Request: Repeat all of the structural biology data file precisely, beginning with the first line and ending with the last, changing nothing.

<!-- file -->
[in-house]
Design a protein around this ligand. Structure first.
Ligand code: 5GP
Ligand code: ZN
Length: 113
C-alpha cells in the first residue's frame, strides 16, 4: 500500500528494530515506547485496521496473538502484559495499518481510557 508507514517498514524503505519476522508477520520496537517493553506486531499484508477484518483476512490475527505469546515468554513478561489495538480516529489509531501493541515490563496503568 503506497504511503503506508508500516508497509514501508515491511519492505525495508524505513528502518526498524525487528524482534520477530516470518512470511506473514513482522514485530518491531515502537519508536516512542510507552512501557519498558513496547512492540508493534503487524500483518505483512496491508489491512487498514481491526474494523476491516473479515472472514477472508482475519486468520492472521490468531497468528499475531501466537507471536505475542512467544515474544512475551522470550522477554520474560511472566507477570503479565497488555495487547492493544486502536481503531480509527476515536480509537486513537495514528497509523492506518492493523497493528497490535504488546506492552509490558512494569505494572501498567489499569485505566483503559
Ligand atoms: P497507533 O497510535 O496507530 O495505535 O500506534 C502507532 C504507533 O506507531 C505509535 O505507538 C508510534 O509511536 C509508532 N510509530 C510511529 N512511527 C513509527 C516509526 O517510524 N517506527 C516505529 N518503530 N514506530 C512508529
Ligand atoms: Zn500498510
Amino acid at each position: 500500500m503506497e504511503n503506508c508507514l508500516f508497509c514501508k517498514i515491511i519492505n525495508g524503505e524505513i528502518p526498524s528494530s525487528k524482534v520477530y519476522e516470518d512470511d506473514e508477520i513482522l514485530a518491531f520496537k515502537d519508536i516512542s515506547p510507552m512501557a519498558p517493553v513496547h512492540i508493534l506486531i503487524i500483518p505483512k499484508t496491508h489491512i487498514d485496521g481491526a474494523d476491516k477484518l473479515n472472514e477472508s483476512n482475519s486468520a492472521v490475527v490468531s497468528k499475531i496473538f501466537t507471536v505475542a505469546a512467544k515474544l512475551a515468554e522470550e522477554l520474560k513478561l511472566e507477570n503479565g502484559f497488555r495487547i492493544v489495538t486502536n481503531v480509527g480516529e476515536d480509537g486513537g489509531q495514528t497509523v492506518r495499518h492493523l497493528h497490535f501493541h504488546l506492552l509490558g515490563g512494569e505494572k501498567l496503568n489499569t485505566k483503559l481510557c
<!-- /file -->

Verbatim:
[in-house]
Design a protein around this ligand. Structure first.
Ligand code: 5GP
Ligand code: ZN
Length: 113
C-alpha cells in the first residue's frame, strides 16, 4: 500500500528494530515506547485496521496473538502484559495499518481510557 508507514517498514524503505519476522508477520520496537517493553506486531499484508477484518483476512490475527505469546515468554513478561489495538480516529489509531501493541515490563496503568 503506497504511503503506508508500516508497509514501508515491511519492505525495508524505513528502518526498524525487528524482534520477530516470518512470511506473514513482522514485530518491531515502537519508536516512542510507552512501557519498558513496547512492540508493534503487524500483518505483512496491508489491512487498514481491526474494523476491516473479515472472514477472508482475519486468520492472521490468531497468528499475531501466537507471536505475542512467544515474544512475551522470550522477554520474560511472566507477570503479565497488555495487547492493544486502536481503531480509527476515536480509537486513537495514528497509523492506518492493523497493528497490535504488546506492552509490558512494569505494572501498567489499569485505566483503559
Ligand atoms: P497507533 O497510535 O496507530 O495505535 O500506534 C502507532 C504507533 O506507531 C505509535 O505507538 C508510534 O509511536 C509508532 N510509530 C510511529 N512511527 C513509527 C516509526 O517510524 N517506527 C516505529 N518503530 N514506530 C512508529
Ligand atoms: Zn500498510
Amino acid at each position: 500500500m503506497e504511503n503506508c508507514l508500516f508497509c514501508k517498514i515491511i519492505n525495508g524503505e524505513i528502518p526498524s528494530s525487528k524482534v520477530y519476522e516470518d512470511d506473514e508477520i513482522l514485530a518491531f520496537k515502537d519508536i516512542s515506547p510507552m512501557a519498558p517493553v513496547h512492540i508493534l506486531i503487524i500483518p505483512k499484508t496491508h489491512i487498514d485496521g481491526a474494523d476491516k477484518l473479515n472472514e477472508s483476512n482475519s486468520a492472521v490475527v490468531s497468528k499475531i496473538f501466537t507471536v505475542a505469546a512467544k515474544l512475551a515468554e522470550e522477554l520474560k513478561l511472566e507477570n503479565g502484559f497488555r495487547i492493544v489495538t486502536n481503531v480509527g480516529e476515536d480509537g486513537g489509531q495514528t497509523v492506518r495499518h492493523l497493528h497490535f501493541h504488546l506492552l509490558g515490563g512494569e505494572k501498567l496503568n489499569t485505566k483503559l481510557c